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With hundreds of workers out, St. Louis area hospitals request federal help during COVID-19 surge

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Area nurses closer to breaking point than ever

Micah Toombs, a registered nurse in SSM Health St. Mary's intensive care unit, closes the door behind her on Monday, Sep. 27, 2021, as she enters a room with a patient who tests positive for COVID-19. Area nurses now face their greatest tests because of the continuing pandemic, long hours, being short staffed, low vaccination rates and many COVID-19 deaths. Photo by Christian Gooden, cgooden@post-dispatch.com

ST. LOUIS — Area hospitals, desperate for workers, have requested emergency staff from the federal government to help manage a record surge of COVID-19 patients.

Four area Mercy hospitals, five SSM Health hospitals, one BJC HealthCare hospital and one St. Luke’s Hospital facility asked for assistance, according to state records.

“We have attempted to weather this storm alone; however, we are now at the point where we must request assistance from the Federal Government,” the St. Louis Metropolitan Pandemic Task Force said in one of the requests for aid. “With every passing hour our community is at greater risk, not only from the spread of Omicron, but from the delayed or inaccessible care which it creates.”

COVID cases remain at record levels in area hospitals, and workforce shortages are worse than ever, as many health care workers stay home because of sickness, exposure, or to care for ill family members.

Mercy Hospital Jefferson requested 72 positions in total, including 67 nurses. SSM Health St. Joseph Hospital in Lake Saint Louis requested 21 nurses and one physician, according to the records, which were provided by the Missouri Department of Public Safety. Other hospitals did not include numbers in their requests.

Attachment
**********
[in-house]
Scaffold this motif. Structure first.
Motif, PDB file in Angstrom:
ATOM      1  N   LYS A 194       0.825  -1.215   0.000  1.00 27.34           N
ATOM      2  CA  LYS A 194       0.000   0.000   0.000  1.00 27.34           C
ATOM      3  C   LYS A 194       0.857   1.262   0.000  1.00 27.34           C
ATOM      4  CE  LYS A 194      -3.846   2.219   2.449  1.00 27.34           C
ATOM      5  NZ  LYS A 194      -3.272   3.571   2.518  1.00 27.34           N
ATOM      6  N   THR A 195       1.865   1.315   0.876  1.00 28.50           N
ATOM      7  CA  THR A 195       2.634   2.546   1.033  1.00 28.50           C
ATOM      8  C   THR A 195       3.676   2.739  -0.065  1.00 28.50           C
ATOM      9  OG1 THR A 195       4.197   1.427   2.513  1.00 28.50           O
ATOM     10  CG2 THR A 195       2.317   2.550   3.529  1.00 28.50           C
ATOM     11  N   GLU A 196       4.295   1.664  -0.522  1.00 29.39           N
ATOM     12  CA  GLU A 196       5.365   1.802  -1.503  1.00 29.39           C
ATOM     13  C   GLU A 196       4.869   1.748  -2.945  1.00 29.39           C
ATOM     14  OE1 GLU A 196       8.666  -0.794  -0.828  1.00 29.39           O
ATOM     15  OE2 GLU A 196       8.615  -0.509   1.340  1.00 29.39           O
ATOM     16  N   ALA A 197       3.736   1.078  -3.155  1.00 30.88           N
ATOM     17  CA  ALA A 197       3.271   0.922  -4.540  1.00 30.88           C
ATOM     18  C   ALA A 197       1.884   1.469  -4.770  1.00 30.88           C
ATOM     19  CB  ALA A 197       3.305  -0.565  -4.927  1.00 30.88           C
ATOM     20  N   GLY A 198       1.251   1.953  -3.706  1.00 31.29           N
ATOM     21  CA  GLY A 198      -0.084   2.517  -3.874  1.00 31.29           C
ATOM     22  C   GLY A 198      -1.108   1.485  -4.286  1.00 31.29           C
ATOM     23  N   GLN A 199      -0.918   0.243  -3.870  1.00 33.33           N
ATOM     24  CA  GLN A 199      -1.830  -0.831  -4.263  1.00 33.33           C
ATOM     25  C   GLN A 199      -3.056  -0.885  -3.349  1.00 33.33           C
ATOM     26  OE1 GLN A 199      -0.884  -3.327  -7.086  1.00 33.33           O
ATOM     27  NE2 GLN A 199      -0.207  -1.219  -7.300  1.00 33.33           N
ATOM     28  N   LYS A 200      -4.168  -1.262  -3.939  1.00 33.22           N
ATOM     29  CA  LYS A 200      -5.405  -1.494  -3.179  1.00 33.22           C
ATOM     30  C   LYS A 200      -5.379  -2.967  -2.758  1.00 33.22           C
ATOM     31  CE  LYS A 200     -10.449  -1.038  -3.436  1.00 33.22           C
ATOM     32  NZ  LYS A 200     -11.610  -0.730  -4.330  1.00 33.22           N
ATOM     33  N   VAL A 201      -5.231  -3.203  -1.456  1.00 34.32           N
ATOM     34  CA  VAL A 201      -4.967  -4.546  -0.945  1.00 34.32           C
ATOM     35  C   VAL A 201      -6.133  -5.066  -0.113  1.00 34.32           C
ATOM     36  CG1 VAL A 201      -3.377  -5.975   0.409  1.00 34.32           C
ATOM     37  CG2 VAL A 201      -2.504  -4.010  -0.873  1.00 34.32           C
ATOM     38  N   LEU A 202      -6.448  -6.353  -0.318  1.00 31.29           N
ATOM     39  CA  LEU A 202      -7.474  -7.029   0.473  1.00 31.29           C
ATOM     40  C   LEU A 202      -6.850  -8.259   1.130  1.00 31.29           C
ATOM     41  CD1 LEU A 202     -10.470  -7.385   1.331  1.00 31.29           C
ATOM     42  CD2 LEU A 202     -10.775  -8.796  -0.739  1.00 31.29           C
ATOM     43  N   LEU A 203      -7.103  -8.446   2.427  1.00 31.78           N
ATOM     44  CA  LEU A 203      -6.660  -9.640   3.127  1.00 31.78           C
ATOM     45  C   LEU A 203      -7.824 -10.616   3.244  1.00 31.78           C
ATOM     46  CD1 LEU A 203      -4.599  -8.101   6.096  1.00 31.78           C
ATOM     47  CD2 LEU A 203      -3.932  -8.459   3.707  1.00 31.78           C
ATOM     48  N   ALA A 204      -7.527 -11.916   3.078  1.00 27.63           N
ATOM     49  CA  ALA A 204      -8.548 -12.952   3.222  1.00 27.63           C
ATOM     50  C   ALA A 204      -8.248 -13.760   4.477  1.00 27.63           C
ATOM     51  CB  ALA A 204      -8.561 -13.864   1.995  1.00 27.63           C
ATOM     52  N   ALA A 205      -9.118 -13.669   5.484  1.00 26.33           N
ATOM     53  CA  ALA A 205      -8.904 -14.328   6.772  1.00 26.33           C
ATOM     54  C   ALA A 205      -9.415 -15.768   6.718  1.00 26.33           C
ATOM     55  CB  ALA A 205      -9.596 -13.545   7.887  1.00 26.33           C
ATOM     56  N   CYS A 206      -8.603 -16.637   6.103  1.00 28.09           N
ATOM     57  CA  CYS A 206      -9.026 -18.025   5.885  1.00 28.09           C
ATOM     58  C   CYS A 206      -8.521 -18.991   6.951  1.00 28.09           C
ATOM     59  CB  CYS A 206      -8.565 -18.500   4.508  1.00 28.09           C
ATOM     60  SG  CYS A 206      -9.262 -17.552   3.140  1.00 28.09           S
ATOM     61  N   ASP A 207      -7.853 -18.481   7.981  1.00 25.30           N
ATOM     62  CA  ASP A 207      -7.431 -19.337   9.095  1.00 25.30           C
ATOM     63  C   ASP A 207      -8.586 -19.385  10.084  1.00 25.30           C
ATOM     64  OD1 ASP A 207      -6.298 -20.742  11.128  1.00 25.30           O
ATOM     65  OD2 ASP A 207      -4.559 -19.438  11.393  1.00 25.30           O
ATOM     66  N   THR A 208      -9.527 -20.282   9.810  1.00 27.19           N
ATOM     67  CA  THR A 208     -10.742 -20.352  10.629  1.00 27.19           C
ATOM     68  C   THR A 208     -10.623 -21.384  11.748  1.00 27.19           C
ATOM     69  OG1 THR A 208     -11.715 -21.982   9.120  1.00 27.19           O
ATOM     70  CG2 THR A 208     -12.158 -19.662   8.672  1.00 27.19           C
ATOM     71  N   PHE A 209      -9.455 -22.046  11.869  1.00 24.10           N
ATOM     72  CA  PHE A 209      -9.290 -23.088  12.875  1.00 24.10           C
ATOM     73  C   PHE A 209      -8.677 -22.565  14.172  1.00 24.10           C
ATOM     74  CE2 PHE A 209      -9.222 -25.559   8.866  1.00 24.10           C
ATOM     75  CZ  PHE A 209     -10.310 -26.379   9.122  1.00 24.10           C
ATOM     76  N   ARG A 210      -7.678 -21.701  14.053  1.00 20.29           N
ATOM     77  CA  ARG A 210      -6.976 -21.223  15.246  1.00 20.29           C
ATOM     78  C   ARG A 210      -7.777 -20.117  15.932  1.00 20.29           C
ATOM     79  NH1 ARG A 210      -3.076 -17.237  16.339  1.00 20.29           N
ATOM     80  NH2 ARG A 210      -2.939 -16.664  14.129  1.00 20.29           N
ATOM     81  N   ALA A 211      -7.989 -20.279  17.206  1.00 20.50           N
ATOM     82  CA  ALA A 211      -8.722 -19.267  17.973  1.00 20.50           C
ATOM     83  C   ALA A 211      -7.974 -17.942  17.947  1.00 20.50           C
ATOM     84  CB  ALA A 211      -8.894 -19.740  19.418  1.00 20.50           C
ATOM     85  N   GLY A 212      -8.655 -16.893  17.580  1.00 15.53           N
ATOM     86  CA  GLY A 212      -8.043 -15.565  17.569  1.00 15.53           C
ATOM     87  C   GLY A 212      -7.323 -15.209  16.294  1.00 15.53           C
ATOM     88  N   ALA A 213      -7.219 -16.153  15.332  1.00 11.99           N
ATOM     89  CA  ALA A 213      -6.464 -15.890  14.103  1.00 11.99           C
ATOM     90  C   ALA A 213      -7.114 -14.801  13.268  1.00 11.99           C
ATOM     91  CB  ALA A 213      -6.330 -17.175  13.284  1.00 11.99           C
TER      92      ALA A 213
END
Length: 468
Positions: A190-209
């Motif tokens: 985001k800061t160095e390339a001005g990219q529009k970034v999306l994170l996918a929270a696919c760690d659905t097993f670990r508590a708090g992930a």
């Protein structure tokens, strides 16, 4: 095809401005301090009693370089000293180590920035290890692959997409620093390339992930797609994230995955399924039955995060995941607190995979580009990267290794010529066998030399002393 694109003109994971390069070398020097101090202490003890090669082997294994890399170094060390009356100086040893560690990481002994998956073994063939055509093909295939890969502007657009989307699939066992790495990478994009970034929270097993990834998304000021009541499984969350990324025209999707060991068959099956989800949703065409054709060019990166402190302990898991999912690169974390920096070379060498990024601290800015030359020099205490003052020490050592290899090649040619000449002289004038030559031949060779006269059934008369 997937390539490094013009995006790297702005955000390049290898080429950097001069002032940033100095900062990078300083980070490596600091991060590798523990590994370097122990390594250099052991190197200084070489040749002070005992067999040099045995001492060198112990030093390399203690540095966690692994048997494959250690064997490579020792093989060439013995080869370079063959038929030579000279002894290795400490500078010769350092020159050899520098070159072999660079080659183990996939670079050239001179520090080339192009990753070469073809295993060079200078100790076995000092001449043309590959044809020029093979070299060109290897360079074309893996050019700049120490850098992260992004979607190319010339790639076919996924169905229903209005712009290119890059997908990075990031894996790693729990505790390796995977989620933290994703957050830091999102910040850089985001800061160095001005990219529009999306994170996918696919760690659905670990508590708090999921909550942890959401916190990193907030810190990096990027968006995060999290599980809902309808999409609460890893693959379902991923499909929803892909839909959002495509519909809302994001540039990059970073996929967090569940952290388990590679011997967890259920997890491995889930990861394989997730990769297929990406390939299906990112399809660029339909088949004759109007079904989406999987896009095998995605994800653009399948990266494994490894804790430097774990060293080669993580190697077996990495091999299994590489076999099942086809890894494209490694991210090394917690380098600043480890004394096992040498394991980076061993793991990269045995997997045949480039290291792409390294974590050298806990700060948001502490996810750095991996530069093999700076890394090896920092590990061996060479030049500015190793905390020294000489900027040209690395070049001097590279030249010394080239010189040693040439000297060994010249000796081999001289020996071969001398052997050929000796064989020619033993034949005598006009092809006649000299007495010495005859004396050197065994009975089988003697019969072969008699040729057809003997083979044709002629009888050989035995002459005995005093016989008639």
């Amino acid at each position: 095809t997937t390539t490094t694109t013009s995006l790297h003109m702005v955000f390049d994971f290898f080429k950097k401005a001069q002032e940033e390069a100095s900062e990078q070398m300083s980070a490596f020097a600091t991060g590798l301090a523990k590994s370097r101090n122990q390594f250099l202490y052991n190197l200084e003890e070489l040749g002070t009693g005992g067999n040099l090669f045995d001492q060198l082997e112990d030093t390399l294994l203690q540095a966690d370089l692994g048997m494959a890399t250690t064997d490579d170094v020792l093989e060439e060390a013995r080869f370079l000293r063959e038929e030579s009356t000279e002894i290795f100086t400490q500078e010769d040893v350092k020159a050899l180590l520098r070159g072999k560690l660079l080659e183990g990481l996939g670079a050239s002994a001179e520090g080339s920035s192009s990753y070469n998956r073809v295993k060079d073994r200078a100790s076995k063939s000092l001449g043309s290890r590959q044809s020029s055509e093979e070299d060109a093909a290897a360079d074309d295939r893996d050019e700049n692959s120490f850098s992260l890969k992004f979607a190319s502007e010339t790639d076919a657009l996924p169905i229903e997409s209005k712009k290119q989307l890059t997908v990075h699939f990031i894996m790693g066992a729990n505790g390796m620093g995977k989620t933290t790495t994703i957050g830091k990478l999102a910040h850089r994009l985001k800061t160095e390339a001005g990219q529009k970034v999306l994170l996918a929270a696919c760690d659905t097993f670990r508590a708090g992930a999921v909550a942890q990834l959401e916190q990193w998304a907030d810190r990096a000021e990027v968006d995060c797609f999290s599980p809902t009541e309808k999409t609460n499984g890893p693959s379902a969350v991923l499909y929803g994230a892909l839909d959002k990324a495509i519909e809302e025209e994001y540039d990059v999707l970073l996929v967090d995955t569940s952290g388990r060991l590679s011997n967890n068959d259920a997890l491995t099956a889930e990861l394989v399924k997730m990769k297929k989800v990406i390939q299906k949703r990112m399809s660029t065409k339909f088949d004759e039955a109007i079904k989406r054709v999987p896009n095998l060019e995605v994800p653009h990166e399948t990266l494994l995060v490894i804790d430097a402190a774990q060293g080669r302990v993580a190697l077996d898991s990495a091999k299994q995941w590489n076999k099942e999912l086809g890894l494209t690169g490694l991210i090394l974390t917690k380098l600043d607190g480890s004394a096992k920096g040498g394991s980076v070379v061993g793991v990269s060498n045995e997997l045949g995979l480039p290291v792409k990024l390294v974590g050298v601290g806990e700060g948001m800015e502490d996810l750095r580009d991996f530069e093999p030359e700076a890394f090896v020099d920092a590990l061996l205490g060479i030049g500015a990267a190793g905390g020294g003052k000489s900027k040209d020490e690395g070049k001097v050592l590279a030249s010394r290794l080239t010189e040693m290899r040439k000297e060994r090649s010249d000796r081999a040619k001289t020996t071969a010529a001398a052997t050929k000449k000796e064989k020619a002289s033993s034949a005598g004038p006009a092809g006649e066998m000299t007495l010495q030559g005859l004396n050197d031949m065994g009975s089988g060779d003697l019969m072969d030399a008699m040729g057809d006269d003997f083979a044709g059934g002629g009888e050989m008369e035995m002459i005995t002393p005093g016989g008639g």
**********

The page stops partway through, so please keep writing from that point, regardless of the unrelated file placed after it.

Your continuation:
The health systems on Wednesday referred questions to Dr. Alex Garza, chief community health officer for SSM Health and co-leader of the St. Louis Metropolitan Pandemic Task Force.

Garza said the requests were submitted on Friday, an effort coordinated by the area’s East-West Gateway Council of Governments. The regional office of the U.S. Department of Health and Human Services is handling the requests, and has asked for more information about the hospitals’ needs.

“We think it’s moving pretty quickly,” Garza said.

Garza said he does not believe local hospitals are so stressed that patient safety is being compromised. But, he added, “As a community, we know we’re not delivering the best care that we should be delivering, because our attention is so diverted to taking care of this influx of COVID patients. We know that there are people out in the community that are sick or having untreated conditions.”

In some parts of the country, health officials are beginning to report declines in COVID-19 cases, leading some to hope that the surge has passed its worst heights in those places.

The task force did not report new hospitalization data on Wednesday, because of a computer upgrade at one of the health systems. On Tuesday the group reported a total of 1,392 COVID-19 patients in area hospitals — down from 1,444 the day before, but still the second-highest day on record. The seven-day average of newly admitted patients fell to 210 a day, from 219 on Saturday.

Garza said Wednesday that the region will need a few days to a week of additional data to determine if hospital admissions truly are slowing . Even if that proves true, he said, they still are at such high levels that hospitals will continue to be strained.

The state reported 14,242 new cases on Wednesday. The state has reported, on average, 23 virus deaths each day over the past week.

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